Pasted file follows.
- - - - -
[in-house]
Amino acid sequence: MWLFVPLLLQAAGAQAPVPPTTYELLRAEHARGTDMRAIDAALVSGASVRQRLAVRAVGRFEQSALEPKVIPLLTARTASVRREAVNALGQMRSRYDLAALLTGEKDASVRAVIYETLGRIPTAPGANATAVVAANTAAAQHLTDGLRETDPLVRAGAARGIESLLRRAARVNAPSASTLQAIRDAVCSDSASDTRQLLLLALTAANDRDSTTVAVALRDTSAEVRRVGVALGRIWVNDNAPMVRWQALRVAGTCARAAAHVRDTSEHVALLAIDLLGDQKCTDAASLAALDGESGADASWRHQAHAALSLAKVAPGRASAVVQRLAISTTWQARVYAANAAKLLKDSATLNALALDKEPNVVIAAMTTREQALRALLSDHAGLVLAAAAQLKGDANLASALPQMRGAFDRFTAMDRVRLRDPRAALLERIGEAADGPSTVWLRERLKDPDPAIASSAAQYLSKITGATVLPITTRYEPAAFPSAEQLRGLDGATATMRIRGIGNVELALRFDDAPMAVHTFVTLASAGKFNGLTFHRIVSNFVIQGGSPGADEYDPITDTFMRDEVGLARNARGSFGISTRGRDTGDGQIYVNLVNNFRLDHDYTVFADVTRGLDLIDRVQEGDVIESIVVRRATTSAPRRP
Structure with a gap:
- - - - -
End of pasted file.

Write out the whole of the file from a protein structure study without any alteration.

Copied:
[in-house]
Amino acid sequence: MWLFVPLLLQAAGAQAPVPPTTYELLRAEHARGTDMRAIDAALVSGASVRQRLAVRAVGRFEQSALEPKVIPLLTARTASVRREAVNALGQMRSRYDLAALLTGEKDASVRAVIYETLGRIPTAPGANATAVVAANTAAAQHLTDGLRETDPLVRAGAARGIESLLRRAARVNAPSASTLQAIRDAVCSDSASDTRQLLLLALTAANDRDSTTVAVALRDTSAEVRRVGVALGRIWVNDNAPMVRWQALRVAGTCARAAAHVRDTSEHVALLAIDLLGDQKCTDAASLAALDGESGADASWRHQAHAALSLAKVAPGRASAVVQRLAISTTWQARVYAANAAKLLKDSATLNALALDKEPNVVIAAMTTREQALRALLSDHAGLVLAAAAQLKGDANLASALPQMRGAFDRFTAMDRVRLRDPRAALLERIGEAADGPSTVWLRERLKDPDPAIASSAAQYLSKITGATVLPITTRYEPAAFPSAEQLRGLDGATATMRIRGIGNVELALRFDDAPMAVHTFVTLASAGKFNGLTFHRIVSNFVIQGGSPGADEYDPITDTFMRDEVGLARNARGSFGISTRGRDTGDGQIYVNLVNNFRLDHDYTVFADVTRGLDLIDRVQEGDVIESIVVRRATTSAPRRP
Structure with a gap: